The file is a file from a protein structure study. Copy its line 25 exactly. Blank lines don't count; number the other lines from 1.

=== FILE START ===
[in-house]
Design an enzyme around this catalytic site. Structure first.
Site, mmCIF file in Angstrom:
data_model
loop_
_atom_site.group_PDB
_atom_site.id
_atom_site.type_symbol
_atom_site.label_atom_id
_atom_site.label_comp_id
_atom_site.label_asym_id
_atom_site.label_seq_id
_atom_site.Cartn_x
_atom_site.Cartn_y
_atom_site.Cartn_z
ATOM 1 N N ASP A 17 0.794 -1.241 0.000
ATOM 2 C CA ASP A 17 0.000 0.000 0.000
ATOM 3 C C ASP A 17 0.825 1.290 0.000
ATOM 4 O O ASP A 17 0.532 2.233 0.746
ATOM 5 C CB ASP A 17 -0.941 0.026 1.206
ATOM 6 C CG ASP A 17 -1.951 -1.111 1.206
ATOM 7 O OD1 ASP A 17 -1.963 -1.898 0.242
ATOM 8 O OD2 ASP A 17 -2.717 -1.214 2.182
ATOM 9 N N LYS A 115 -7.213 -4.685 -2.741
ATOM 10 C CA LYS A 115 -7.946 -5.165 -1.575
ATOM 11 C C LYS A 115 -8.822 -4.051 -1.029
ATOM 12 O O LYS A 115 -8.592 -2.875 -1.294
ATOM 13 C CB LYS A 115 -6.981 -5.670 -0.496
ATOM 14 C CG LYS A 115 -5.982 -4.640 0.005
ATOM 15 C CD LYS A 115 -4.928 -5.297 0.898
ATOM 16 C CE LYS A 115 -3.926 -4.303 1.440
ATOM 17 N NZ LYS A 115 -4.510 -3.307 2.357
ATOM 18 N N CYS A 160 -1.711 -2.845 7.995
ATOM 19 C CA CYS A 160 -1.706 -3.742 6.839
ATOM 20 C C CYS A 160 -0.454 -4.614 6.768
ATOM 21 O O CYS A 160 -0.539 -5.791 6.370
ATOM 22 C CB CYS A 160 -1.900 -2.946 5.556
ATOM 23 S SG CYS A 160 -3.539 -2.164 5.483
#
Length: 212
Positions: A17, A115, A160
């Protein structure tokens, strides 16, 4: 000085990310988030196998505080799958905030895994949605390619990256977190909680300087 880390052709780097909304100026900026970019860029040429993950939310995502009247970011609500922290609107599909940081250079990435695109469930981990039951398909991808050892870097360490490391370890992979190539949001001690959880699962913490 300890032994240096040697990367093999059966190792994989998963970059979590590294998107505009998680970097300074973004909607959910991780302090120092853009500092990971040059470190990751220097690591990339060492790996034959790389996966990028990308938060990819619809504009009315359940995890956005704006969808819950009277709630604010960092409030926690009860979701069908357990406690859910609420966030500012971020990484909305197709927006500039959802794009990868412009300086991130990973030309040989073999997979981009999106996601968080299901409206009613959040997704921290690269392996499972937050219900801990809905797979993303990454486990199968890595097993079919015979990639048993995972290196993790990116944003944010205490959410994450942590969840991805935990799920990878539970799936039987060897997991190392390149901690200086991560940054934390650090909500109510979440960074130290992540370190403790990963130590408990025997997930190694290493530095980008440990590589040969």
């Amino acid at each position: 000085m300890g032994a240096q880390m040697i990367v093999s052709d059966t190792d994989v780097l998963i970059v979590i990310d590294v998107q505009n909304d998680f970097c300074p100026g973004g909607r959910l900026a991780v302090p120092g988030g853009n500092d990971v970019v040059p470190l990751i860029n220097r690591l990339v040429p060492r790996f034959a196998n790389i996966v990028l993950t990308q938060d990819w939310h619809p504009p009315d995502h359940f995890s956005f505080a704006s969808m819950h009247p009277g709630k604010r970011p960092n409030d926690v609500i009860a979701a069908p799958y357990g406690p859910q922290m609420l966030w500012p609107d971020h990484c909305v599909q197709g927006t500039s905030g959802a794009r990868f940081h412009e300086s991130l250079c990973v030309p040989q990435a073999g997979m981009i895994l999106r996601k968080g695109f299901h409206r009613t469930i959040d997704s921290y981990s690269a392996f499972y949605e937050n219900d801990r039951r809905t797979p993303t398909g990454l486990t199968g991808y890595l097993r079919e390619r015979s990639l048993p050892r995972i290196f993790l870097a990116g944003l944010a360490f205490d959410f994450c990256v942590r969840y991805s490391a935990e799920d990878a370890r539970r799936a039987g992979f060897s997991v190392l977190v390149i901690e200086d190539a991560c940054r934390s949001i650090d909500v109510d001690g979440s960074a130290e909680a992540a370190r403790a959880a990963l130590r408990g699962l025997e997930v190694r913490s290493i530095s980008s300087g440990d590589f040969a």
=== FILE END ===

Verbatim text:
ATOM 10 C CA LYS A 115 -7.946 -5.165 -1.575